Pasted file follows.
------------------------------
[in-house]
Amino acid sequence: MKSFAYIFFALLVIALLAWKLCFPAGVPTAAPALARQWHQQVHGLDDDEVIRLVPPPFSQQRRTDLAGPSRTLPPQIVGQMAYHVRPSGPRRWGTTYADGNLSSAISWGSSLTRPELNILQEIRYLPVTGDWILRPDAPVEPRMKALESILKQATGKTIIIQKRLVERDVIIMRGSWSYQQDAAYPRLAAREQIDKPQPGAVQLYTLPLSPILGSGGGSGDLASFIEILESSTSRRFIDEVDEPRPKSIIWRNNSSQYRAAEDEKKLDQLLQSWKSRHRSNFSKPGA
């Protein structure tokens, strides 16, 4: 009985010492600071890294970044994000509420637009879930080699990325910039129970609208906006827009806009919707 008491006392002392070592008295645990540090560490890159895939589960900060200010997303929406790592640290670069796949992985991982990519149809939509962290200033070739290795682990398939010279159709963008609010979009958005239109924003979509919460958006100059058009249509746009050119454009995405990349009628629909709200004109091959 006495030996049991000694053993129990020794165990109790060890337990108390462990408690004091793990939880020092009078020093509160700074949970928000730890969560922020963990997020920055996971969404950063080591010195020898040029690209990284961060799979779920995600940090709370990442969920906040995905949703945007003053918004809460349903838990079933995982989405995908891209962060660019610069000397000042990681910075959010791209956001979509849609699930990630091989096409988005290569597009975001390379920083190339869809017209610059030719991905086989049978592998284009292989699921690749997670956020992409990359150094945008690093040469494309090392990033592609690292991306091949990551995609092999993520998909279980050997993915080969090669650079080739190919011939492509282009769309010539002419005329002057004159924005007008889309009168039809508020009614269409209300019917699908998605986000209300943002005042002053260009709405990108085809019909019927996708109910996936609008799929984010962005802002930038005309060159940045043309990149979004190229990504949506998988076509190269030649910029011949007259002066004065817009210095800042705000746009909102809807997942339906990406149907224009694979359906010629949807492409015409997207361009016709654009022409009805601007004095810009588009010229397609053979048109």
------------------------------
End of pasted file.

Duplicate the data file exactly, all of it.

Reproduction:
[in-house]
Amino acid sequence: MKSFAYIFFALLVIALLAWKLCFPAGVPTAAPALARQWHQQVHGLDDDEVIRLVPPPFSQQRRTDLAGPSRTLPPQIVGQMAYHVRPSGPRRWGTTYADGNLSSAISWGSSLTRPELNILQEIRYLPVTGDWILRPDAPVEPRMKALESILKQATGKTIIIQKRLVERDVIIMRGSWSYQQDAAYPRLAAREQIDKPQPGAVQLYTLPLSPILGSGGGSGDLASFIEILESSTSRRFIDEVDEPRPKSIIWRNNSSQYRAAEDEKKLDQLLQSWKSRHRSNFSKPGA
């Protein structure tokens, strides 16, 4: 009985010492600071890294970044994000509420637009879930080699990325910039129970609208906006827009806009919707 008491006392002392070592008295645990540090560490890159895939589960900060200010997303929406790592640290670069796949992985991982990519149809939509962290200033070739290795682990398939010279159709963008609010979009958005239109924003979509919460958006100059058009249509746009050119454009995405990349009628629909709200004109091959 006495030996049991000694053993129990020794165990109790060890337990108390462990408690004091793990939880020092009078020093509160700074949970928000730890969560922020963990997020920055996971969404950063080591010195020898040029690209990284961060799979779920995600940090709370990442969920906040995905949703945007003053918004809460349903838990079933995982989405995908891209962060660019610069000397000042990681910075959010791209956001979509849609699930990630091989096409988005290569597009975001390379920083190339869809017209610059030719991905086989049978592998284009292989699921690749997670956020992409990359150094945008690093040469494309090392990033592609690292991306091949990551995609092999993520998909279980050997993915080969090669650079080739190919011939492509282009769309010539002419005329002057004159924005007008889309009168039809508020009614269409209300019917699908998605986000209300943002005042002053260009709405990108085809019909019927996708109910996936609008799929984010962005802002930038005309060159940045043309990149979004190229990504949506998988076509190269030649910029011949007259002066004065817009210095800042705000746009909102809807997942339906990406149907224009694979359906010629949807492409015409997207361009016709654009022409009805601007004095810009588009010229397609053979048109």